It is not about me – a reflection on social justice advocacy

When I was googling about Tim Wise to learn more about his anti-racism work, I came across one of his posts  in which he was venting about being persecuted and threatened by his detractors for speaking up on behalf of people of colour who have been oppressed by white supremacy. A few fellow people of colour found his post offensive as his post somewhat came across as if he was in a way also attached or accustomed to his own white privilege. For example, someone commented on his post, saying:

David Ikard Tim, while i applaud the work that u do i find this post very problematic. tho white hate groups r targeting u–which is deplorable–ur venom seems directed at folks of color that question ur sincerity or see u as a white activist pimp. this smacks of oppression olympics and will ramp up this type of criticism rather than quiet it. u do hv wh privilege and u hv been able to gain an audience that a lot of folks, like myself, will never hv, in part, on that basis. i’m a male feminist scholar that receives a lot of attention, in part, bc i’m male in fem studies. just the way it is. my pro-feminist agenda doesnt mean that i have or ever will experience the sexism that most women–especially blk &brown–have to deal w/ on the daily. ur work remains important and i hope u keep up the good fight. however this type of racial venting is harmful and i think ur smarter & better than that.

Yes, like the person said, it is true that as much as Tim Wise has been doing a remarkable job in challenging white supremacy and advocating justice for black and brown people, he can never experience the racism that black and brown people have to deal with on a daily basis, so it is understandable that his racial venting came across as offensive to some of the people whom he has dedicated his life to fight for. I learnt from Wikipedia that Tim Wise later regretted his post, saying that it was inappropriate and he would strive to do better as an anti-racism activist.

It is not about me

If there is anything I have learned so far, at least from what I gather about social justice advocacy, it is not about me, especially if I happen to belong to a privileged group and I want to advocate justice on behalf of the oppressed group – I need to bear in mind that I can never experience the kind of injustice and oppression and micro-aggressions the way the less privileged people experience on a daily basis, so there is only so much I can relate to in terms of sharing in their grievances and sufferings. I will probably always be viewed with suspicion, with regard to my agenda for helping them, simply because I am not one of them – I am just someone who happens to have a certain measure of privilege by virtue of my skin colour, nationality or whatever, and I am someone who wants to use my privilege to speak up and stand up for them.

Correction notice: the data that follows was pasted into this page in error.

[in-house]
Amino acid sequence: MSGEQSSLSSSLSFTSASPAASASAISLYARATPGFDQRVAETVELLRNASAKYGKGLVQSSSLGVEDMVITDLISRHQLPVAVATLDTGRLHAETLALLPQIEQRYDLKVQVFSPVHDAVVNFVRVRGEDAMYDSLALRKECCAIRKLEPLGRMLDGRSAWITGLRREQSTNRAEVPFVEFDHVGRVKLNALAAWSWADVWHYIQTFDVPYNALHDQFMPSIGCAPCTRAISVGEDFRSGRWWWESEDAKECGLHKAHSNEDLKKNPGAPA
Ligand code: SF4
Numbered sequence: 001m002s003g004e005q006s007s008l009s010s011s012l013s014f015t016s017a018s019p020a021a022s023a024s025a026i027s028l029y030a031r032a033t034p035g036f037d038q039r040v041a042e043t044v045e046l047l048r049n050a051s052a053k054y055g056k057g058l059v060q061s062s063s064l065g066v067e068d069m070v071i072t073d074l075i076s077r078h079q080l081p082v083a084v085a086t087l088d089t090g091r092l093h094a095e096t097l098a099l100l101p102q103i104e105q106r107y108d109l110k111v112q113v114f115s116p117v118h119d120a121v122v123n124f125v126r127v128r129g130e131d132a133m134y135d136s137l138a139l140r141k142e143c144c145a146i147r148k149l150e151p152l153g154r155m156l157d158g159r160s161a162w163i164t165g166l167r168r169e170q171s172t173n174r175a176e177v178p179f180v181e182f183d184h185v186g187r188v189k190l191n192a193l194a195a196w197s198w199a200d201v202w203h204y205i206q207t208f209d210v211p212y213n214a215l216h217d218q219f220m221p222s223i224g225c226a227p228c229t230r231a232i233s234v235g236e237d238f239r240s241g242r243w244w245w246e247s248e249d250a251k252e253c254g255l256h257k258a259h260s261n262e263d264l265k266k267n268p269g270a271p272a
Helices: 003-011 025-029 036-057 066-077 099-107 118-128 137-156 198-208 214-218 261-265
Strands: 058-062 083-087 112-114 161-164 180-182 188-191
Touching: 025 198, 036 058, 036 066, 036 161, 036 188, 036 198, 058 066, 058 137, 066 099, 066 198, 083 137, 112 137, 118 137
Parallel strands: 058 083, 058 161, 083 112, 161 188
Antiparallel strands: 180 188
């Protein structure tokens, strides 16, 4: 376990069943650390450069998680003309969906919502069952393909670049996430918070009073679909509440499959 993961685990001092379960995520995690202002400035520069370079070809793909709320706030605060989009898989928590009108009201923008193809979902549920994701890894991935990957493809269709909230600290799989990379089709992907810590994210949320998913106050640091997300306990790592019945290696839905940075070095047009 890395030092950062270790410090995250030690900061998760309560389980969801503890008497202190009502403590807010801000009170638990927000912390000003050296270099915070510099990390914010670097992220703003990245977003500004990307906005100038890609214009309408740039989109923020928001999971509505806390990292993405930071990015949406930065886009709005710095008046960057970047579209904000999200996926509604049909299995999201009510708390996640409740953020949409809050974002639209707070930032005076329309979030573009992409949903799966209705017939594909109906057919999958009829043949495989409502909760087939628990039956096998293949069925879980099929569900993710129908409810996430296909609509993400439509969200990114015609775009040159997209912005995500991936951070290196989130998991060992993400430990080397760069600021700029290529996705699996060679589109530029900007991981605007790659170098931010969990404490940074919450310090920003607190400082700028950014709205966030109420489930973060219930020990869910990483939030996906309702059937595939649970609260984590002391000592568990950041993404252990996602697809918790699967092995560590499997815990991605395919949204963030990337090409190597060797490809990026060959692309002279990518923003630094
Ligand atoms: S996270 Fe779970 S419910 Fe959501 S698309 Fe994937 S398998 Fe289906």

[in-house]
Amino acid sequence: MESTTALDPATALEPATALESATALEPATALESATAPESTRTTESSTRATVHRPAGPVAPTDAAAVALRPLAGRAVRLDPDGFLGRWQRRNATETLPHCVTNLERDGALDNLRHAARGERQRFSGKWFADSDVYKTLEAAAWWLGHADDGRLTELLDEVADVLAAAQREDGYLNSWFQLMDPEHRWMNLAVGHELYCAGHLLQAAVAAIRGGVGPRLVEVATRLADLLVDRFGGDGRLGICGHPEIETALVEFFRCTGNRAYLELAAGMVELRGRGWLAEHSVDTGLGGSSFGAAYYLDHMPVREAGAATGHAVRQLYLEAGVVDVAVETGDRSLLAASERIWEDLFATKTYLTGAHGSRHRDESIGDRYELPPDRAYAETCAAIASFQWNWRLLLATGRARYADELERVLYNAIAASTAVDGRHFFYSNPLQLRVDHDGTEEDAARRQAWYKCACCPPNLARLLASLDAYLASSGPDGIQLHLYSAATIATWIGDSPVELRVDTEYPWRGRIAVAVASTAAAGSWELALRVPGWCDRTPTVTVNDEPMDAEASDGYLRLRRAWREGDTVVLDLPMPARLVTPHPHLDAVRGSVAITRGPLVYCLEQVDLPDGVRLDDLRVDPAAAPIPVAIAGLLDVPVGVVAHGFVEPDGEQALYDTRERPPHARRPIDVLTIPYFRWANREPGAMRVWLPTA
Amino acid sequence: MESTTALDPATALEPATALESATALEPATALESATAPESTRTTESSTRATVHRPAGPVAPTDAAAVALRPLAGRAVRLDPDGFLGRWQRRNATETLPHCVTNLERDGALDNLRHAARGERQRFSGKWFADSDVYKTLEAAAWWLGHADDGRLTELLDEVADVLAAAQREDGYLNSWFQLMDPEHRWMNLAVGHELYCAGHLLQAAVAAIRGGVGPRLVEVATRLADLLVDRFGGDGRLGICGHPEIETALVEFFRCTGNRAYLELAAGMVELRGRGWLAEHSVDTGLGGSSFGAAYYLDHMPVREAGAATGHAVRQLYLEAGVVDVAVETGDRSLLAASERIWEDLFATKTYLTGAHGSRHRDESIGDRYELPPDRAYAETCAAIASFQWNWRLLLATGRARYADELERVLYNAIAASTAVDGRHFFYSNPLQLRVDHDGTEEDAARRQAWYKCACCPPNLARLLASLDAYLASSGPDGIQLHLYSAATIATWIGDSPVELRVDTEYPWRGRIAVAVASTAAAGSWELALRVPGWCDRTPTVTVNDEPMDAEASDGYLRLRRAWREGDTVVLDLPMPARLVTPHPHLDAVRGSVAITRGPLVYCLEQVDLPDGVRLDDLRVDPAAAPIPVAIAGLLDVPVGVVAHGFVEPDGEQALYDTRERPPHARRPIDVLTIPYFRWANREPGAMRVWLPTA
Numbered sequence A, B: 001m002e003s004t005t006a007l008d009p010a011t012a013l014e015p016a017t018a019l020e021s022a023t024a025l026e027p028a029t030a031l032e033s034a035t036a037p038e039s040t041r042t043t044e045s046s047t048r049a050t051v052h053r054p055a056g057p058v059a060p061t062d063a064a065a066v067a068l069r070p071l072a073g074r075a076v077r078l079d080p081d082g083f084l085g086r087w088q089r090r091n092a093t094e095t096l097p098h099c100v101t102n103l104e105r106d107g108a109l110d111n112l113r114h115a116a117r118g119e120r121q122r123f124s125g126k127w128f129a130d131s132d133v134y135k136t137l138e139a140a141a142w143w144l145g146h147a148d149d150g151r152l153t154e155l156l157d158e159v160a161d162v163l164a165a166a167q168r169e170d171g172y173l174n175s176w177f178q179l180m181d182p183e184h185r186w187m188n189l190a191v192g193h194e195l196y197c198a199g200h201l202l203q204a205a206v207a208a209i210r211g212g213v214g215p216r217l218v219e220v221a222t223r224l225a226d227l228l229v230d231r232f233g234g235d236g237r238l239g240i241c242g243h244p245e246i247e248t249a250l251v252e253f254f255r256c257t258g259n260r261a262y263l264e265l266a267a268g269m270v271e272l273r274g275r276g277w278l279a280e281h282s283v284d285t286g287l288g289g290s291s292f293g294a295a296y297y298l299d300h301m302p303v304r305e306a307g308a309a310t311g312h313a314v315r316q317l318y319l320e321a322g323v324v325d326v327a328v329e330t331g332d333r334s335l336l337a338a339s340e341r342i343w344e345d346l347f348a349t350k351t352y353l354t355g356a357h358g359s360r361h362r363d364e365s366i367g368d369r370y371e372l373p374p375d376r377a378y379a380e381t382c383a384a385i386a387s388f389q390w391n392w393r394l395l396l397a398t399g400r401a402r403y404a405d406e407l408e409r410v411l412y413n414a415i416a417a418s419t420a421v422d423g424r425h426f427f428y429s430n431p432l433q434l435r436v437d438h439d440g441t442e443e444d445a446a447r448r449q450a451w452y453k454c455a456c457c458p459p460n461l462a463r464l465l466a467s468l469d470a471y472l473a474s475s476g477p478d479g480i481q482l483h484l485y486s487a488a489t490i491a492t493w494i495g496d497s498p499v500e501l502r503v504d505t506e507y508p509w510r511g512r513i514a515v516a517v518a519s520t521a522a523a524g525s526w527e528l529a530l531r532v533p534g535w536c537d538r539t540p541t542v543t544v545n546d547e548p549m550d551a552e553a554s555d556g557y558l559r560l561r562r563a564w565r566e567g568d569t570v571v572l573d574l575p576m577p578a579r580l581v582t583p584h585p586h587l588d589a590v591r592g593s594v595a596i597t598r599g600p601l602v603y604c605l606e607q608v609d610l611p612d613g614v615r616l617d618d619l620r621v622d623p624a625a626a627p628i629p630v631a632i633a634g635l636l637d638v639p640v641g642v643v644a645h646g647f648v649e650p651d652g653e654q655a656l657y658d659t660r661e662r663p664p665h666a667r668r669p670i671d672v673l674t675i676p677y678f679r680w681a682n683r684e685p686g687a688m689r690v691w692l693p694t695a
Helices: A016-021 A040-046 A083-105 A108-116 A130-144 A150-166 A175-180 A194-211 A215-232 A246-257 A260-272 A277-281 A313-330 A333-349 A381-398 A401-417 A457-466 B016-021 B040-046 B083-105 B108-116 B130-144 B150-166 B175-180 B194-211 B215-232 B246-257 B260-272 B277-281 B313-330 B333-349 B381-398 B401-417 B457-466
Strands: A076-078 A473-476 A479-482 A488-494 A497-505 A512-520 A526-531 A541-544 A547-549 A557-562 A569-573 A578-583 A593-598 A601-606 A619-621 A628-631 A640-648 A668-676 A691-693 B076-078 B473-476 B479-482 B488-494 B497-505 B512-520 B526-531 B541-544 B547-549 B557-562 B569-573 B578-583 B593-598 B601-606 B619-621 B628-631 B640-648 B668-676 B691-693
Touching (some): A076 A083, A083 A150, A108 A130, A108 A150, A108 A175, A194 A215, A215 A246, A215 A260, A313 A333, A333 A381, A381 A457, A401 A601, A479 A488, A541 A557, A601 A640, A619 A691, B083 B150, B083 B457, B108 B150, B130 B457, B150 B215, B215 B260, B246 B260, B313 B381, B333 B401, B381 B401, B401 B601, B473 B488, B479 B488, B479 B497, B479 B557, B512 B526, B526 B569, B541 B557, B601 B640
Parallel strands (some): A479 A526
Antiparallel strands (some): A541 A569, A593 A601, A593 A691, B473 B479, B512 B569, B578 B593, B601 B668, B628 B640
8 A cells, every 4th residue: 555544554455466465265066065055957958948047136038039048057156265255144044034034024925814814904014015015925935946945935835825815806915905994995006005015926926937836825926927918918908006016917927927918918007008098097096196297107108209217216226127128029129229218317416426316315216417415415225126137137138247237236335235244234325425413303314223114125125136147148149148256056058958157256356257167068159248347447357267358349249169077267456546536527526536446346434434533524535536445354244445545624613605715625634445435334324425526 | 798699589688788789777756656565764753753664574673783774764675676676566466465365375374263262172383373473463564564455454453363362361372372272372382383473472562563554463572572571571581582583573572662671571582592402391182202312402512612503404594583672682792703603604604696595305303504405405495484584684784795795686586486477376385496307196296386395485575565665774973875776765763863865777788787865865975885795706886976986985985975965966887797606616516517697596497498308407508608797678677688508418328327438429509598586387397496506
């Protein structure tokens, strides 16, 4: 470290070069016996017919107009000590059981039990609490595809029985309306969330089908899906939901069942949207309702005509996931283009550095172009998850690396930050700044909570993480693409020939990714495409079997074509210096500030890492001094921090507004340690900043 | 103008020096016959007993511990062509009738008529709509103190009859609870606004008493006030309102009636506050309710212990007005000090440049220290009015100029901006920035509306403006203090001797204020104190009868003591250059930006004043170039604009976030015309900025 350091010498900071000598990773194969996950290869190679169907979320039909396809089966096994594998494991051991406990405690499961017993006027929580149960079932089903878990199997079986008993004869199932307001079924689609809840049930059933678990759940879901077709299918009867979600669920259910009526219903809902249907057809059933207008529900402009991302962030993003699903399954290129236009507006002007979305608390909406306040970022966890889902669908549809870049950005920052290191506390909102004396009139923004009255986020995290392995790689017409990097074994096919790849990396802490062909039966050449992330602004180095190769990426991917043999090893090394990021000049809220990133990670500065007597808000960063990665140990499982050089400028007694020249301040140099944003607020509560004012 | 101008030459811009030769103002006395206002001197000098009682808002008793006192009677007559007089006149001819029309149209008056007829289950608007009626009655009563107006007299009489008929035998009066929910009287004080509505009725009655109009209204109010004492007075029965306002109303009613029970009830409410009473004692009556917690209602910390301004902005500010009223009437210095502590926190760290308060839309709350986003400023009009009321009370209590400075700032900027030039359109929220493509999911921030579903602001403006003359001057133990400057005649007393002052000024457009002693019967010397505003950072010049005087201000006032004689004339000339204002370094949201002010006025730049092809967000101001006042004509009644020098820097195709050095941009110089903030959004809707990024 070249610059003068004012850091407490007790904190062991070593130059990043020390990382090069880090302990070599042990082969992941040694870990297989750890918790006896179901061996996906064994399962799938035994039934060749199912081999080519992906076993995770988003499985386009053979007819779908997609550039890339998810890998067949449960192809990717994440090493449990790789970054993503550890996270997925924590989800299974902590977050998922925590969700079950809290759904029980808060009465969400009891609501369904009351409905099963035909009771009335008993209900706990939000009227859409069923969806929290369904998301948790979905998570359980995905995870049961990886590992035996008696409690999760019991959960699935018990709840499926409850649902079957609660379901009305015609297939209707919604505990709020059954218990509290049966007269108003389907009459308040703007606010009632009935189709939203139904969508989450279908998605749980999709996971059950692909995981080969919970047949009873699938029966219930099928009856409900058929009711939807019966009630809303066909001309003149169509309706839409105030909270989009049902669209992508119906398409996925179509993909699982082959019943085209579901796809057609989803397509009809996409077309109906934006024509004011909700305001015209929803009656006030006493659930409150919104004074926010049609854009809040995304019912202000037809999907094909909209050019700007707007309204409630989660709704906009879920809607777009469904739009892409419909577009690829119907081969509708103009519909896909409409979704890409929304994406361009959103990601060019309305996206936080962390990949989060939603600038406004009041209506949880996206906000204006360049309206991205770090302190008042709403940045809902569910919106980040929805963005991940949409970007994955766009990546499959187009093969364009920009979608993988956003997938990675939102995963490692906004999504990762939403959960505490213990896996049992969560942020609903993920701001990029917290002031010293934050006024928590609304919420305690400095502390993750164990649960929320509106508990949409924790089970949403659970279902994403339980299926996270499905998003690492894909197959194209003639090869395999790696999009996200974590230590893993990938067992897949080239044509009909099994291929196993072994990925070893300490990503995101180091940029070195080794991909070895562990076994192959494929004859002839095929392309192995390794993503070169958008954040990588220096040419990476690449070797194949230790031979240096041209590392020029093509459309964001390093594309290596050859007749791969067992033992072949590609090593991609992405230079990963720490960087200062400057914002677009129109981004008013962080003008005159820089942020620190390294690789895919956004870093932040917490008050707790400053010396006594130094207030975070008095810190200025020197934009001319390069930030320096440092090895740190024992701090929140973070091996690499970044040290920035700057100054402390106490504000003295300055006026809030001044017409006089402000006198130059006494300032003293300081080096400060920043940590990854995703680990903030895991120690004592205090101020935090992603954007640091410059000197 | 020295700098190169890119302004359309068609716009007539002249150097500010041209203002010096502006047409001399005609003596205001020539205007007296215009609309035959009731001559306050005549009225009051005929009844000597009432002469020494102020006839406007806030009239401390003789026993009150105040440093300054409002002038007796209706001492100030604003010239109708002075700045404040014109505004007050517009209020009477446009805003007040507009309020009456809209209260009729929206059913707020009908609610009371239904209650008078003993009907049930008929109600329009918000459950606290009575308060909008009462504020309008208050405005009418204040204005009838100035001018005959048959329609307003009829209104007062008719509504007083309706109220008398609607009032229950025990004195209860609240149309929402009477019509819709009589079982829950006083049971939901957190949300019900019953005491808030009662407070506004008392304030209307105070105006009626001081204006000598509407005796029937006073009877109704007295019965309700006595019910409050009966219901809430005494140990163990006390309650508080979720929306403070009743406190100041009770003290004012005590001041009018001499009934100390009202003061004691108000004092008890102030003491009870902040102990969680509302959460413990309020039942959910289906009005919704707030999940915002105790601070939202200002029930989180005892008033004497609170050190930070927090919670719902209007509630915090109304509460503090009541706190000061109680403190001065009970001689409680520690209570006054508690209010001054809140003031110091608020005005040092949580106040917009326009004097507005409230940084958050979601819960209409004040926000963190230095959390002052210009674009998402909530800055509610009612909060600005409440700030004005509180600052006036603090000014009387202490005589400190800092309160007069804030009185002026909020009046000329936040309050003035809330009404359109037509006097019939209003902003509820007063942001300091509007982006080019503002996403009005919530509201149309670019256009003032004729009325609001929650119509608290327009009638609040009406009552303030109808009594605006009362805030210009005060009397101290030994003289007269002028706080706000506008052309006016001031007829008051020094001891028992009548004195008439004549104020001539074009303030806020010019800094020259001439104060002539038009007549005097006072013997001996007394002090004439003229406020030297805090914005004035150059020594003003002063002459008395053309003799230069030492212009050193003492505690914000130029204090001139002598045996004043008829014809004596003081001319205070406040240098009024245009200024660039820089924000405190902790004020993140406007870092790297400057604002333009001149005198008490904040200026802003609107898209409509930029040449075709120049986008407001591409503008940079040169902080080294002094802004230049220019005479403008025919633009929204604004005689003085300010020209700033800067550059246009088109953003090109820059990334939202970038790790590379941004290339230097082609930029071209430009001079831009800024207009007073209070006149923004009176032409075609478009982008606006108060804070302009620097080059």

So whether I am praised or criticised for being a voice for the oppressed, I must remember that it is not about me. If I do well and get recognition or accolades, it is not about me – it is not about my efforts or my talents or whatever. On the flip side, if I am ostracised or mistreated by the oppressors for helping the oppressed, it is not about me – it is not about my sufferings or sacrifices or whatever. Simply because no one owes me anything – I willingly put myself in this assignment. No one needs a saviour too, whether a white saviour or yellow saviour or a saviour of any other colour, especially if a saviour is not from among the oppressed group, so I don’t see myself as a saviour or hero or martyr or anything like that.

So it is not about me. It is about their suffering and oppression, and their desire for liberation from suffering and oppression. It is ultimately about US – one body of humanity. It is about the universe being manifested in different forms – healing and balancing itself/ourselves through mutual love, expressed in manifold ways in diverse individuals.

And maybe – just maybe – this is the reason Jesus was manifested in human flesh. In order for God (our highest self) to free us/himself from oppression, God has to come in the form of a human being to experience what it is like to suffer oppression as a human being. This is so that he can relate to our sufferings, and we in turn can relate to his sufferings and take comfort in knowing that we are not alone.

To take this thought a step further, in order for the Jews as an oppressed group of people who were suffering under Roman rule (a picture of a privileged system or supremacist system) to be liberated from oppression by a saviour, Jesus needed to be manifested as a Jew in order to represent them fully. For every oppressed group of people, a representative must suffer and/or die in order for new seeds of love and liberation to be born. The African Americans have Martin Luther King Jr, for example, whose legacy of hope and restoration continues until today.

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